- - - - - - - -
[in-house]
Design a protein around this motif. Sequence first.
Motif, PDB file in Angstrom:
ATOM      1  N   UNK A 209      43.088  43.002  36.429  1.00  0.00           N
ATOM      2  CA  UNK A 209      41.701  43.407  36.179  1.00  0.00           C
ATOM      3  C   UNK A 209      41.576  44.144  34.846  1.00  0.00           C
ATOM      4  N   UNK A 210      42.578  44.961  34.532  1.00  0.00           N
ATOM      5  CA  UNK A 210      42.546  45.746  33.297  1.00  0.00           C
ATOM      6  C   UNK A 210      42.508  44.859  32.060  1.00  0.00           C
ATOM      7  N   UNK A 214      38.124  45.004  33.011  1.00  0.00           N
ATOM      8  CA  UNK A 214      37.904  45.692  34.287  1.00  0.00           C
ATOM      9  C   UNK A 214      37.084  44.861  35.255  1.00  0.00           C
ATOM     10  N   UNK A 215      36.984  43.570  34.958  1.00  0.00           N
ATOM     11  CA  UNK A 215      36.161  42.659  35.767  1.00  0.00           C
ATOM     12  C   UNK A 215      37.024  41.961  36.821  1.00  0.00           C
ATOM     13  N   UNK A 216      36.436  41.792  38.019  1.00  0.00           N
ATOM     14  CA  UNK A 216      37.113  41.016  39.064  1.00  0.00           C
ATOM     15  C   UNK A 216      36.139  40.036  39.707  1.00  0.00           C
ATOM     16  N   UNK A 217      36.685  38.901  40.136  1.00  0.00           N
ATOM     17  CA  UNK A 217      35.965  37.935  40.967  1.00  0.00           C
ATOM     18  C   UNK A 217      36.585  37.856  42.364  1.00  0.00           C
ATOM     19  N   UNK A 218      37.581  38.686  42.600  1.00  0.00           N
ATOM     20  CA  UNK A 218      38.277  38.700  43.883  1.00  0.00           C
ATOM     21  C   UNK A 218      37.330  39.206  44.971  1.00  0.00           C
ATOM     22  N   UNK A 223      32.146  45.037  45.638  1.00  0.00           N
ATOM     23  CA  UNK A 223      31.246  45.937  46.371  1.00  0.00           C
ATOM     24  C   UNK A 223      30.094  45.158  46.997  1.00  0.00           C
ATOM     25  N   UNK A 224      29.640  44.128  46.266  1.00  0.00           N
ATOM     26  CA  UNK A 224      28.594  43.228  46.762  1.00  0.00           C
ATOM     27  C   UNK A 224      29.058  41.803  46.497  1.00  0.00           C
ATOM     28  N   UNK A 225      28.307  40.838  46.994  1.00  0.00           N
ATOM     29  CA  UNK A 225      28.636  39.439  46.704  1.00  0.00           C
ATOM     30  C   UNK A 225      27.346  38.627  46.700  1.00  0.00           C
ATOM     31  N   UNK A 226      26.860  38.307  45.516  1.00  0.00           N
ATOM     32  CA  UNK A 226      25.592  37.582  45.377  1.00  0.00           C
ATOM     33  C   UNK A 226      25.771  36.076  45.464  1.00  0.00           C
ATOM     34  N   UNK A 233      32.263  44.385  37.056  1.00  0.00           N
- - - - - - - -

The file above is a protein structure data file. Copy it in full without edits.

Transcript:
[in-house]
Design a protein around this motif. Sequence first.
Motif, PDB file in Angstrom:
ATOM      1  N   UNK A 209      43.088  43.002  36.429  1.00  0.00           N
ATOM      2  CA  UNK A 209      41.701  43.407  36.179  1.00  0.00           C
ATOM      3  C   UNK A 209      41.576  44.144  34.846  1.00  0.00           C
ATOM      4  N   UNK A 210      42.578  44.961  34.532  1.00  0.00           N
ATOM      5  CA  UNK A 210      42.546  45.746  33.297  1.00  0.00           C
ATOM      6  C   UNK A 210      42.508  44.859  32.060  1.00  0.00           C
ATOM      7  N   UNK A 214      38.124  45.004  33.011  1.00  0.00           N
ATOM      8  CA  UNK A 214      37.904  45.692  34.287  1.00  0.00           C
ATOM      9  C   UNK A 214      37.084  44.861  35.255  1.00  0.00           C
ATOM     10  N   UNK A 215      36.984  43.570  34.958  1.00  0.00           N
ATOM     11  CA  UNK A 215      36.161  42.659  35.767  1.00  0.00           C
ATOM     12  C   UNK A 215      37.024  41.961  36.821  1.00  0.00           C
ATOM     13  N   UNK A 216      36.436  41.792  38.019  1.00  0.00           N
ATOM     14  CA  UNK A 216      37.113  41.016  39.064  1.00  0.00           C
ATOM     15  C   UNK A 216      36.139  40.036  39.707  1.00  0.00           C
ATOM     16  N   UNK A 217      36.685  38.901  40.136  1.00  0.00           N
ATOM     17  CA  UNK A 217      35.965  37.935  40.967  1.00  0.00           C
ATOM     18  C   UNK A 217      36.585  37.856  42.364  1.00  0.00           C
ATOM     19  N   UNK A 218      37.581  38.686  42.600  1.00  0.00           N
ATOM     20  CA  UNK A 218      38.277  38.700  43.883  1.00  0.00           C
ATOM     21  C   UNK A 218      37.330  39.206  44.971  1.00  0.00           C
ATOM     22  N   UNK A 223      32.146  45.037  45.638  1.00  0.00           N
ATOM     23  CA  UNK A 223      31.246  45.937  46.371  1.00  0.00           C
ATOM     24  C   UNK A 223      30.094  45.158  46.997  1.00  0.00           C
ATOM     25  N   UNK A 224      29.640  44.128  46.266  1.00  0.00           N
ATOM     26  CA  UNK A 224      28.594  43.228  46.762  1.00  0.00           C
ATOM     27  C   UNK A 224      29.058  41.803  46.497  1.00  0.00           C
ATOM     28  N   UNK A 225      28.307  40.838  46.994  1.00  0.00           N
ATOM     29  CA  UNK A 225      28.636  39.439  46.704  1.00  0.00           C
ATOM     30  C   UNK A 225      27.346  38.627  46.700  1.00  0.00           C
ATOM     31  N   UNK A 226      26.860  38.307  45.516  1.00  0.00           N
ATOM     32  CA  UNK A 226      25.592  37.582  45.377  1.00  0.00           C
ATOM     33  C   UNK A 226      25.771  36.076  45.464  1.00  0.00           C
ATOM     34  N   UNK A 233      32.263  44.385  37.056  1.00  0.00           N